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Subject:Re: fees: charging for conceptual time From:Fabien Vais <phantoms -at- POP -dot- TOTAL -dot- NET> Date:Sun, 19 Jul 1998 09:13:09 -0400
In reply to Becca, I think you're right in wanting to charge for your
thinking time. The difficulty lies in estimating the length of time it took
you to "come up" with the solution. And you must do this estimating.
What I often do is start a meter going every time I actively think of the
project. Without overdoing it, of course. If it is just a fleeting thought,
I wouldn't mark down "3 minutes thinking", etc. But if I sit down and work
on my project, and think about it for a half hour or so, even if nothing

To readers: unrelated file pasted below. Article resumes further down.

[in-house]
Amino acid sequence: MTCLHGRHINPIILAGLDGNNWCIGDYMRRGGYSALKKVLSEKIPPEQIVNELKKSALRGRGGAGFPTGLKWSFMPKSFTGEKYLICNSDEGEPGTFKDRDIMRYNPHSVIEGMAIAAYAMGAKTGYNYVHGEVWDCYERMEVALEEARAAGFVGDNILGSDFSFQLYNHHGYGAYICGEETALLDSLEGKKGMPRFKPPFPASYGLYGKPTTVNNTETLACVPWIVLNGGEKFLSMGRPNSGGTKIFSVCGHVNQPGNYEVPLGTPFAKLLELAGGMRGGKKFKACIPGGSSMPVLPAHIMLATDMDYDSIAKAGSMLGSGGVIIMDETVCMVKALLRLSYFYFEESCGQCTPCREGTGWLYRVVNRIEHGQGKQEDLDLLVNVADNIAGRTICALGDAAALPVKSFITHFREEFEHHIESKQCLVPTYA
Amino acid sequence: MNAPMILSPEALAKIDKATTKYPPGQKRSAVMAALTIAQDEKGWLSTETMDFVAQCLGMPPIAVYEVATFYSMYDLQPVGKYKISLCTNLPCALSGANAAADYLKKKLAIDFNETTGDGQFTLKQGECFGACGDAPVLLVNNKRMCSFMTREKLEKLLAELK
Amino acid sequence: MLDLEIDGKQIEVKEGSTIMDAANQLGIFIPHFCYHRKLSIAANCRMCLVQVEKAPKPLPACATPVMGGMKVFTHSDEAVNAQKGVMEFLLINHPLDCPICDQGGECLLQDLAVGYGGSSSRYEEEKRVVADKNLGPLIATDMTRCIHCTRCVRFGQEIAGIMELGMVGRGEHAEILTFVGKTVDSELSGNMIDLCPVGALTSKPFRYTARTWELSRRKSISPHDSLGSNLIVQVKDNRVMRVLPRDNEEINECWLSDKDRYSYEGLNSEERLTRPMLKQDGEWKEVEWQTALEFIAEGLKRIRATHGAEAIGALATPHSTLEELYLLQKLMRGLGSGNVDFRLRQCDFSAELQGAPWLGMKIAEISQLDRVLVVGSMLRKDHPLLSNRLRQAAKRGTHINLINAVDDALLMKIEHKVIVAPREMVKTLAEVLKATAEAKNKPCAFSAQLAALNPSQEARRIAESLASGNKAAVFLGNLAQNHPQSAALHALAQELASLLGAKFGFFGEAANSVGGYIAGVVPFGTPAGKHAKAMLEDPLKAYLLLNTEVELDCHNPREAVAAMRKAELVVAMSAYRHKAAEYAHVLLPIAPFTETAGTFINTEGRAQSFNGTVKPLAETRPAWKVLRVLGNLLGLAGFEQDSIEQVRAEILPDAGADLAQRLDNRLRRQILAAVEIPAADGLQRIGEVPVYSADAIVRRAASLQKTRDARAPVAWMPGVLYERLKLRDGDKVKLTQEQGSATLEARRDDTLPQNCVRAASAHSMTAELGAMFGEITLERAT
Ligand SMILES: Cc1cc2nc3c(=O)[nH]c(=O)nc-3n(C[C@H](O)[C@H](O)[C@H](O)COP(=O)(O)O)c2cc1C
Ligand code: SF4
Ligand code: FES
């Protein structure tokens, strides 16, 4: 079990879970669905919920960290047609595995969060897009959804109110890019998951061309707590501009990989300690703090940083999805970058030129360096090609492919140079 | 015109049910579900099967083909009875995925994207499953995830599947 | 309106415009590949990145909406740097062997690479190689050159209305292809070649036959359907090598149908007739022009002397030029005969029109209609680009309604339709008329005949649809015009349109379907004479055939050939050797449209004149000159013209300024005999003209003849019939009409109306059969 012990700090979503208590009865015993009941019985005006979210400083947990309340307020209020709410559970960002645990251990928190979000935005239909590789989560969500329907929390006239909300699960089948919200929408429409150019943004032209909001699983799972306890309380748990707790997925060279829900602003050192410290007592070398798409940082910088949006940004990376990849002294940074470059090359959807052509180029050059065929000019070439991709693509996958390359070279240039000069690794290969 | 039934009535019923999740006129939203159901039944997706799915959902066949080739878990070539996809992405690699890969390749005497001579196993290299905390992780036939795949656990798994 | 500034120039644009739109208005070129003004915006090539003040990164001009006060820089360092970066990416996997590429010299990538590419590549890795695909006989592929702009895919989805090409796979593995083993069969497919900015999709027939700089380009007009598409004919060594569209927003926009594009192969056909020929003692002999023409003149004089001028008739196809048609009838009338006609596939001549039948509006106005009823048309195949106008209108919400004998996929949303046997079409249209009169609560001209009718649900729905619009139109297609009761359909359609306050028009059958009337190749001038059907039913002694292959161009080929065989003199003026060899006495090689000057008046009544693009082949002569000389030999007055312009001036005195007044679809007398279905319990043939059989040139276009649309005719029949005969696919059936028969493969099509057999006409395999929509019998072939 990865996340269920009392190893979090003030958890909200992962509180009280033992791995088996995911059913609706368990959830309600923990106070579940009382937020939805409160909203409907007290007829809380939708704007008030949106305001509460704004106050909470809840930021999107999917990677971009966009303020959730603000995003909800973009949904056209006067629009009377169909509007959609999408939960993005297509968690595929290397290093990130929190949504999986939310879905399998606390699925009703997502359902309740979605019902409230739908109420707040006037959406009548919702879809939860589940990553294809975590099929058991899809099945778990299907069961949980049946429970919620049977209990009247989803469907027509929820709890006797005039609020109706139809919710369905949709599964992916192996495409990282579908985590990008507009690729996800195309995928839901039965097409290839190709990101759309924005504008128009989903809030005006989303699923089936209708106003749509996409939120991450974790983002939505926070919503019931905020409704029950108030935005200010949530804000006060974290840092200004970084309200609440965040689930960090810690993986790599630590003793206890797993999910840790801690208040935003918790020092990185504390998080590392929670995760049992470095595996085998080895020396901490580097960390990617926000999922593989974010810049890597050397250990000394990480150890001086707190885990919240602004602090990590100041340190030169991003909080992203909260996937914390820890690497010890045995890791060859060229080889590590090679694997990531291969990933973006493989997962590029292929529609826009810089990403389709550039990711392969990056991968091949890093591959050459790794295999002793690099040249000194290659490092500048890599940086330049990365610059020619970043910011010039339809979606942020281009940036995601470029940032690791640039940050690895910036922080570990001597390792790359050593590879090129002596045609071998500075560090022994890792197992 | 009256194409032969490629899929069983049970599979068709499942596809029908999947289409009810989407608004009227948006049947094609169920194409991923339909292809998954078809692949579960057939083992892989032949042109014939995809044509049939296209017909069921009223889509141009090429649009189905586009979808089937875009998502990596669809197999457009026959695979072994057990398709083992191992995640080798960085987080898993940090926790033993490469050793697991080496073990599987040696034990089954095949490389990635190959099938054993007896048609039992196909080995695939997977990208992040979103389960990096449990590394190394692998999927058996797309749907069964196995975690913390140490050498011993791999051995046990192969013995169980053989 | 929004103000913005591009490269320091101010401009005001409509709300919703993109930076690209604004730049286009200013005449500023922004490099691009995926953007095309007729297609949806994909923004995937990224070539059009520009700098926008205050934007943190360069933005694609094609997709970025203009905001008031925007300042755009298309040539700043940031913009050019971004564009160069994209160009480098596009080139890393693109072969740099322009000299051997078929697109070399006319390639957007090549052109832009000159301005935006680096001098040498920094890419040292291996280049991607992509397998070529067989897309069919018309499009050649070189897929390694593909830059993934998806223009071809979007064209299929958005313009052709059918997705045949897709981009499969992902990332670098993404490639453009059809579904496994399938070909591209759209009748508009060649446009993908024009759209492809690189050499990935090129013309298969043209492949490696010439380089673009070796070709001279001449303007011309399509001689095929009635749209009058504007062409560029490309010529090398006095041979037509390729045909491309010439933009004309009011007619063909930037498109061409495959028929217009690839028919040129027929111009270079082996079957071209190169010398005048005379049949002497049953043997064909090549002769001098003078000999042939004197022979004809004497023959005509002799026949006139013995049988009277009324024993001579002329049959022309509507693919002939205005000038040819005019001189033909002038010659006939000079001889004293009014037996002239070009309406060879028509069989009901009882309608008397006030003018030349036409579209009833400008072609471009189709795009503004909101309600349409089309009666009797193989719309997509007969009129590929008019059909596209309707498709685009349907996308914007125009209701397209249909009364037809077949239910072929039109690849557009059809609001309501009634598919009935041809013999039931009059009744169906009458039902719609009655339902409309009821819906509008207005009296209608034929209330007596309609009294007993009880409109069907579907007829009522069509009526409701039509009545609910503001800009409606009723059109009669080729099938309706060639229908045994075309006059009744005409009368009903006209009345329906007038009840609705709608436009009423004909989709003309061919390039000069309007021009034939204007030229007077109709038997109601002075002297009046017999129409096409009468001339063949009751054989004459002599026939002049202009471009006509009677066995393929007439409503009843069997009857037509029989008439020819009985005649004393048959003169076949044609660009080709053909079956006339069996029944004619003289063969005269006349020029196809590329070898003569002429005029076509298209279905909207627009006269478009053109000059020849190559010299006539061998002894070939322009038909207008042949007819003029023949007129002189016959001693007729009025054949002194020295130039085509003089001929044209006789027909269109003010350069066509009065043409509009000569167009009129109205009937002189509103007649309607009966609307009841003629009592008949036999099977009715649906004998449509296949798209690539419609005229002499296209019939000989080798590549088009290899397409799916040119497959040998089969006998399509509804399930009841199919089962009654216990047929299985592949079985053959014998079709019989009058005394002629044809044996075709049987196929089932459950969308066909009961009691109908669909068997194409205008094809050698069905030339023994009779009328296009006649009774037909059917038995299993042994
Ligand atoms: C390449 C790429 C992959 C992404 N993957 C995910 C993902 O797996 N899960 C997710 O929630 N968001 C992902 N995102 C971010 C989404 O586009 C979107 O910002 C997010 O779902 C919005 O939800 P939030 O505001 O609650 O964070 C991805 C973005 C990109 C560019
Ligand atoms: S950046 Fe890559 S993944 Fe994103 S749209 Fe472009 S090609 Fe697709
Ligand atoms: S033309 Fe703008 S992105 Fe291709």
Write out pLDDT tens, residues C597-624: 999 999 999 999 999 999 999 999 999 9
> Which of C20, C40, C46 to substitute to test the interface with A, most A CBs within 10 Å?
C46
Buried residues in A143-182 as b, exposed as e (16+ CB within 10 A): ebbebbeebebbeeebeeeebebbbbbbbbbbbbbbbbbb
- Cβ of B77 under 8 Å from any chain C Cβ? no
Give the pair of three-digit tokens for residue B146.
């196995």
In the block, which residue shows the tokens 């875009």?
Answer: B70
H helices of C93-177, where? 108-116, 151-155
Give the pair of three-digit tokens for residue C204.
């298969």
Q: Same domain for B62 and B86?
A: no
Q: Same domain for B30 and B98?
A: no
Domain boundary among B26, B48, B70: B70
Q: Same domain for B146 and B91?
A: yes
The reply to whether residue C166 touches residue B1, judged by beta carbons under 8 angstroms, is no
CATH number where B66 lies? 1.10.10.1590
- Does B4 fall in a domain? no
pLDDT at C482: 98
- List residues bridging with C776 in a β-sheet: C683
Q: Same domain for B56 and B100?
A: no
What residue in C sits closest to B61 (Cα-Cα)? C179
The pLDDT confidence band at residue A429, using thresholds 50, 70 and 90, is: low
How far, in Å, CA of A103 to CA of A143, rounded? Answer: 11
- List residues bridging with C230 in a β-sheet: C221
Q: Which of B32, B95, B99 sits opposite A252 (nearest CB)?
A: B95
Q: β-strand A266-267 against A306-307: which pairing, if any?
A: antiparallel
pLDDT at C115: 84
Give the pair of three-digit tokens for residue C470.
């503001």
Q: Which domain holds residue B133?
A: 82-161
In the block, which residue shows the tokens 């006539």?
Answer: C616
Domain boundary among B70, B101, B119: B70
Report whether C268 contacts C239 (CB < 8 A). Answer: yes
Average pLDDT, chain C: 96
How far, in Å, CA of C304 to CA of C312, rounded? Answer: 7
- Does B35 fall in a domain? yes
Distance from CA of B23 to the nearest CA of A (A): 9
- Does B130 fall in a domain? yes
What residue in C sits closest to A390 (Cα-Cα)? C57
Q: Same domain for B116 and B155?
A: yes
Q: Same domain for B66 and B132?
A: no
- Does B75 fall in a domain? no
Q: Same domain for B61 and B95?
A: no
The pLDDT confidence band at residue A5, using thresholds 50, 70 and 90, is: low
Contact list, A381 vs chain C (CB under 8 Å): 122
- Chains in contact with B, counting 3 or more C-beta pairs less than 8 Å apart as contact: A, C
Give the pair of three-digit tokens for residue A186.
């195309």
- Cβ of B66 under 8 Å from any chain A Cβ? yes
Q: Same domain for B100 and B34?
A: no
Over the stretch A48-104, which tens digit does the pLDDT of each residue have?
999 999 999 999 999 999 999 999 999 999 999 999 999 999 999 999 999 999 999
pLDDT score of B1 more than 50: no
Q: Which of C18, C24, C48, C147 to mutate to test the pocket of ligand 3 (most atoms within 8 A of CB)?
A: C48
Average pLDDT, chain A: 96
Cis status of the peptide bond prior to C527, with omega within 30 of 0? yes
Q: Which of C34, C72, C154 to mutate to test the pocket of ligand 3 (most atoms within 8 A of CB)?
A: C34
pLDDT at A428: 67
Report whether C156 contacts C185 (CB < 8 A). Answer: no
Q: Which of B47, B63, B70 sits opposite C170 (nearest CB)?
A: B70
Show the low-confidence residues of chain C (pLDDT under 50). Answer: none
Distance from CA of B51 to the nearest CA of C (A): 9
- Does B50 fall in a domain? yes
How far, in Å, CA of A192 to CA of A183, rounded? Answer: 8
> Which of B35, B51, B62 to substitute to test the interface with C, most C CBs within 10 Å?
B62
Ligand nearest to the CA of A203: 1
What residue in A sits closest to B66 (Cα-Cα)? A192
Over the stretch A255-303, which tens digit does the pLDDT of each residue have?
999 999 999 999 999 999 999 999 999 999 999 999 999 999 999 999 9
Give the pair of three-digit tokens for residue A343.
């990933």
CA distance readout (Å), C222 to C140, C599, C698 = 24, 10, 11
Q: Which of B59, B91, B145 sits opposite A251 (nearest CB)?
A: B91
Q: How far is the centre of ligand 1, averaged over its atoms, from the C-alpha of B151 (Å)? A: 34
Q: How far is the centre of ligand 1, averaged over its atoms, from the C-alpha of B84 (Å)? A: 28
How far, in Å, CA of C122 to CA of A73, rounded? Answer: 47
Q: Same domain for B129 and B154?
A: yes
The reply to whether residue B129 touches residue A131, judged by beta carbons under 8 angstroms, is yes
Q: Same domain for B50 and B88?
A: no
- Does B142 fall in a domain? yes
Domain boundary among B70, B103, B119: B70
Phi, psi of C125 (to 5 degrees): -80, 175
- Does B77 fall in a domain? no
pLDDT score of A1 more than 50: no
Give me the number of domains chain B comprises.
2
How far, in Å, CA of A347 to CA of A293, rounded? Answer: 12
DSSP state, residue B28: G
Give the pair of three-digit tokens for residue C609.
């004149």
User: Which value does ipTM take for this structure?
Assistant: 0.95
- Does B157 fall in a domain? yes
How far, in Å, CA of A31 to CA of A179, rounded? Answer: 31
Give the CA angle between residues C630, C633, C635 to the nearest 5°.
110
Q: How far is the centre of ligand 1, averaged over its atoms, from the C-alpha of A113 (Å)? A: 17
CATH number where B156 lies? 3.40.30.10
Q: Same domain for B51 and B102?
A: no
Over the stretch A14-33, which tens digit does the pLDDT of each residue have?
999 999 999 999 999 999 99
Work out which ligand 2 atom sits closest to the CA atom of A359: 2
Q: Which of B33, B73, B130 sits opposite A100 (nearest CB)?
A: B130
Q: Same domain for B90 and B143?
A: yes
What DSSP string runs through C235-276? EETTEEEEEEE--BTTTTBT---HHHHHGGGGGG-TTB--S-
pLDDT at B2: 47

comes out of that thinking process, I certainly bill for that half hour.
So, I guess what you bill for, and how much you bill for thinking, is up to
your conscience and your ethics.
If I were that mechanic who billed for "knowing exactly where to hit with
his hammer", I probably wouldn't charge $300, but I certainly wouldn't
charge only $0.25. I would think it was normal to charge for my "expertise"
in determining how to solve the customer's problem. But I would also use my
conscience so as not to swindle the customer either. Perhaps $10 would have
been more appropriate.
At 09:14 PM 7/18/98 -0400, you wrote:
>For contract gigs, how do you charge for time you spend thinking
>about how to approach a problem?
<SNIP the rest...>
Fabien Vais - Documentation Analyst
phantoms -at- total -dot- net
38 Elderidge, Montreal, Quebec